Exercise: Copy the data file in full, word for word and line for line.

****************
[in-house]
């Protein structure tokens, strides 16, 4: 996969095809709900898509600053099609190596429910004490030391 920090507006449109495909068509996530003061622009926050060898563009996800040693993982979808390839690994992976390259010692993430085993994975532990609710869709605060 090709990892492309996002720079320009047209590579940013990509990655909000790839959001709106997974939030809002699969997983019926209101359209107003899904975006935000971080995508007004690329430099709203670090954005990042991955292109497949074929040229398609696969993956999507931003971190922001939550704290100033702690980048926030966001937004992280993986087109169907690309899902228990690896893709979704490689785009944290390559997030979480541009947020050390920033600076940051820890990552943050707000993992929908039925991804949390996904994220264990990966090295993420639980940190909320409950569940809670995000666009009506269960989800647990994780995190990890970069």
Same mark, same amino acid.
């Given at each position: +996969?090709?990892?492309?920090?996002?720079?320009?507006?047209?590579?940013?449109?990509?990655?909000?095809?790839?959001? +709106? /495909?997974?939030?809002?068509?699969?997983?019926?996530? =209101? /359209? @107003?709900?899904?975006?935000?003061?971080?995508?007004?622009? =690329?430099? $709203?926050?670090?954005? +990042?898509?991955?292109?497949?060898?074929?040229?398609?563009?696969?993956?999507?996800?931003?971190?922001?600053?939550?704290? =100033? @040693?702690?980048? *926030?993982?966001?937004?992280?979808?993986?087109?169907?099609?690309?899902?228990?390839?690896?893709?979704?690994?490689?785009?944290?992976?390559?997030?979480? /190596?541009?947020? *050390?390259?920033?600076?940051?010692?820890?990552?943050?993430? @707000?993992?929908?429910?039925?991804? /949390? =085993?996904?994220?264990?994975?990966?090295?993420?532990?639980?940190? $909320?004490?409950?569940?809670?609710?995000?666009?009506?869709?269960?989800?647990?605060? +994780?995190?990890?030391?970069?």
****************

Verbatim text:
[in-house]
């Protein structure tokens, strides 16, 4: 996969095809709900898509600053099609190596429910004490030391 920090507006449109495909068509996530003061622009926050060898563009996800040693993982979808390839690994992976390259010692993430085993994975532990609710869709605060 090709990892492309996002720079320009047209590579940013990509990655909000790839959001709106997974939030809002699969997983019926209101359209107003899904975006935000971080995508007004690329430099709203670090954005990042991955292109497949074929040229398609696969993956999507931003971190922001939550704290100033702690980048926030966001937004992280993986087109169907690309899902228990690896893709979704490689785009944290390559997030979480541009947020050390920033600076940051820890990552943050707000993992929908039925991804949390996904994220264990990966090295993420639980940190909320409950569940809670995000666009009506269960989800647990994780995190990890970069």
Same mark, same amino acid.
């Given at each position: +996969?090709?990892?492309?920090?996002?720079?320009?507006?047209?590579?940013?449109?990509?990655?909000?095809?790839?959001? +709106? /495909?997974?939030?809002?068509?699969?997983?019926?996530? =209101? /359209? @107003?709900?899904?975006?935000?003061?971080?995508?007004?622009? =690329?430099? $709203?926050?670090?954005? +990042?898509?991955?292109?497949?060898?074929?040229?398609?563009?696969?993956?999507?996800?931003?971190?922001?600053?939550?704290? =100033? @040693?702690?980048? *926030?993982?966001?937004?992280?979808?993986?087109?169907?099609?690309?899902?228990?390839?690896?893709?979704?690994?490689?785009?944290?992976?390559?997030?979480? /190596?541009?947020? *050390?390259?920033?600076?940051?010692?820890?990552?943050?993430? @707000?993992?929908?429910?039925?991804? /949390? =085993?996904?994220?264990?994975?990966?090295?993420?532990?639980?940190? $909320?004490?409950?569940?809670?609710?995000?666009?009506?869709?269960?989800?647990?605060? +994780?995190?990890?030391?970069?």